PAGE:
I stood in front of my congregation last Sunday and tried to find the words to respond to the shootings in El Paso and Dayton. They felt woefully incomplete.

What can I say that hasn’t already been said?

I have no answers. Only many, many questions. And while we become divided again over gun violence or mental health or divisive political rhetoric, the blood of the victims cries out and nothing more is done.

So I read the stories of saints that we commemorate in the next few days. They do not provide answers, but they encourage me to live out the questions. They remind me that in every age, we struggle to find meaning in a meaningless world. We struggle to live faithfully in a world of despair.

On Aug. 10, we remember an early deacon of the church. Lawrence was responsible for the church’s financial matters and for the care of the poor. Asked by the emperor in 258 to gather the church’s treasure, he presented a collection of orphans, lepers, and the like. They were the treasure of the church. The enraged emperor had him put to death.

How can I find the treasure in those that God treasures? Lawrence reminds me to look in the homeless, the immigrant. God is there.

On Aug. 13, we celebrate Florence Nightingale and Clara Maass. Nightingale was born in England and horrified her wealthy family by deciding to become a nurse. She led a group of nurses in ministering in the Crimean War and worked for hospital reform. Maass, a native of New Jersey, was also a war nurse and volunteered as a subject for research on yellow fever. She died of the disease in 1901.

How am I called to give of myself to others, no matter the cost?

On Aug. 14, we recognize Maximilian Kolbe and Kaj Munk.

A Franciscan priest in Poland, Kolbe remained in his monastery after the Nazi invasion. He helped provide shelter to refugees, including 2,000 Jews whom he hid from German persecution.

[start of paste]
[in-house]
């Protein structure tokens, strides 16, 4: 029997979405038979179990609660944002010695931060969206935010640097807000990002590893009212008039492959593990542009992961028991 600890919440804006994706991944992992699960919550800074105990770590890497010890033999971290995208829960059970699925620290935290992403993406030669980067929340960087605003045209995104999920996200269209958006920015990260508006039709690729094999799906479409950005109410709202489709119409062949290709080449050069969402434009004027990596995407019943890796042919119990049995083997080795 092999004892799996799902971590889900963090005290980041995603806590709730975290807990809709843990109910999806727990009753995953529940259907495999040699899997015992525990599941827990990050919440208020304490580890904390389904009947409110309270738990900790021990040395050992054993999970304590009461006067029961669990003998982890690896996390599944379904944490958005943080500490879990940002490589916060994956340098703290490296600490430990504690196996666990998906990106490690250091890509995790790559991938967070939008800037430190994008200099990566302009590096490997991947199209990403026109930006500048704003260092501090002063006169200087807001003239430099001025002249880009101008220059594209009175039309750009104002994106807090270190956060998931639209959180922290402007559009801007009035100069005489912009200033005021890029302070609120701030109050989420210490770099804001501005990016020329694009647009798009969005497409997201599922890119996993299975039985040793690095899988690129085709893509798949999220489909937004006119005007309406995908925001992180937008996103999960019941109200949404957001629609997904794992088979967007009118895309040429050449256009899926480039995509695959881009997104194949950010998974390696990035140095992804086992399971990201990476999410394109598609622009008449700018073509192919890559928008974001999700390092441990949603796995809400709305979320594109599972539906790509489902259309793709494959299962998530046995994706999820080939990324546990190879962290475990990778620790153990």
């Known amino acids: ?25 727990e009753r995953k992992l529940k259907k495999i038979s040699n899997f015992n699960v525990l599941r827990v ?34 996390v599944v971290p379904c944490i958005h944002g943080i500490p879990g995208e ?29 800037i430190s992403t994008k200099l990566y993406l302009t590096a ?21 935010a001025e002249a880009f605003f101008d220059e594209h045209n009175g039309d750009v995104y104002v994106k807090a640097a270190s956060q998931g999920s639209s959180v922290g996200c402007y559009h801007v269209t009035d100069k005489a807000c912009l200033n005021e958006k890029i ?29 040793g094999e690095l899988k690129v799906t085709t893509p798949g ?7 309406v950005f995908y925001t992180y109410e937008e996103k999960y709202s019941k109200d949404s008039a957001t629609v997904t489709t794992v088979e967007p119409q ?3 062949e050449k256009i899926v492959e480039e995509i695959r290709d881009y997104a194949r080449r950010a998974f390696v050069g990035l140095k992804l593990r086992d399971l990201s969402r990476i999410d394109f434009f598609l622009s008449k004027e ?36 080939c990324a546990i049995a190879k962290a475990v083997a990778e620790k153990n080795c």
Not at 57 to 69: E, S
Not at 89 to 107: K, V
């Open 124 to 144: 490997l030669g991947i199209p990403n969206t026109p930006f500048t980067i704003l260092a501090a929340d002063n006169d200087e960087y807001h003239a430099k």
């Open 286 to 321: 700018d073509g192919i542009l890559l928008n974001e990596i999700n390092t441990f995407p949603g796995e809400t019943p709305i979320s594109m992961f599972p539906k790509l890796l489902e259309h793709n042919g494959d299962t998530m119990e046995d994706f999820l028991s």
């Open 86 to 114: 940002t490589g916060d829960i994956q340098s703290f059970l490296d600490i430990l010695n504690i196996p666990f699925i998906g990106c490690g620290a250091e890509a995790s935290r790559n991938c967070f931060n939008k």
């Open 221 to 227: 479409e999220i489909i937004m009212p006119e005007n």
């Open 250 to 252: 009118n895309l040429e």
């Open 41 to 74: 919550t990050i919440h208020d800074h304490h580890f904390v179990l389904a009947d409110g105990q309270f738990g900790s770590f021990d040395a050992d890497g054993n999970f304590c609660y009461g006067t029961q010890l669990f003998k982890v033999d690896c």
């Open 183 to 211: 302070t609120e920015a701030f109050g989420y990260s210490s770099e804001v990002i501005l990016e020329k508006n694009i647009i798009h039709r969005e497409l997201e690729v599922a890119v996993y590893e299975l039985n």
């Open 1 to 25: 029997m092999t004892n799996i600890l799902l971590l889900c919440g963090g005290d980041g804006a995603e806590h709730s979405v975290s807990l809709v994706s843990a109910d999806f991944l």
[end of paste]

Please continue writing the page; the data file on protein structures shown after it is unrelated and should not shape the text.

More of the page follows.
In 1941, he was arrested by the German Gestapo and transferred to Auschwitz. Kolbe was subjected to violent harassment, including beating and lashings. In July, ten men were picked to be starved to death. When one of the men cried out, “My wife! My children!”, Kolbe volunteered to take his place. He was the last of the 10 to remain alive and was killed on Aug. 14.

A Danish Lutheran pastor and playwright, Munk denounced the Nazis who occupied his country. Though told to stop preaching and urged by friends to go underground, he continued to preach against Danes who collaborated with the Nazis. He was arrested on Jan. 4, 1944, and his body was found in a roadside ditch.

As we consider our response to the shootings in Gilroy, El Paso, and Dayton, may we be guided by the examples of Kolbe and Munk. Let Munk’s words echo as questions and a restlessness of our own.

“What is, therefore, our task today? Shall I answer: ‘Faith, hope, and love’? That sounds beautiful. But I would say — courage. No, even that is not challenging enough to be the whole truth. Our task today is recklessness. … we lack a holy rage — the recklessness which comes from the knowledge of God and humanity. The ability to rage when justice lies prostrate on the streets, and when the lie rages across the face of the earth … a holy anger about the things that are wrong in the world. To rage against the ravaging of God’s earth, and the destruction of God’s world. To rage when little children must die of hunger, when the tables of the rich are sagging with food. To rage at the senseless killing of so many, and against the madness of militaries. To rage at the lie that calls the threat of death and the strategy of destruction peace. To rage against complacency. To restlessly seek that recklessness that will challenge and seek to change human history until it conforms to the norms of the Kingdom of God.

“Millenia lie before us. Do we want our children and theirs again to think of this period in history, to think of us in such a way that we shall blush in our graves?”

As we confront our violent and divided world — especially in light of these recent despicable acts — may God bless us all with such a holy rage and recklessness so that peace and justice will take hold of us all.

The Rev. David Armstrong-Reiner is pastor at Epiphany Lutheran Church, 2375 Ga. Highway 20 in Conyers. Contact him at pastor.david@conyerselc.org.


I have been editor of the Rockdale Citizen since 1996 and editor of the Newton Citizen since it began publication in 2004. I am also currently executive editor of the Clayton News Daily, Henry Daily Herald and Jackson Progress-Argus.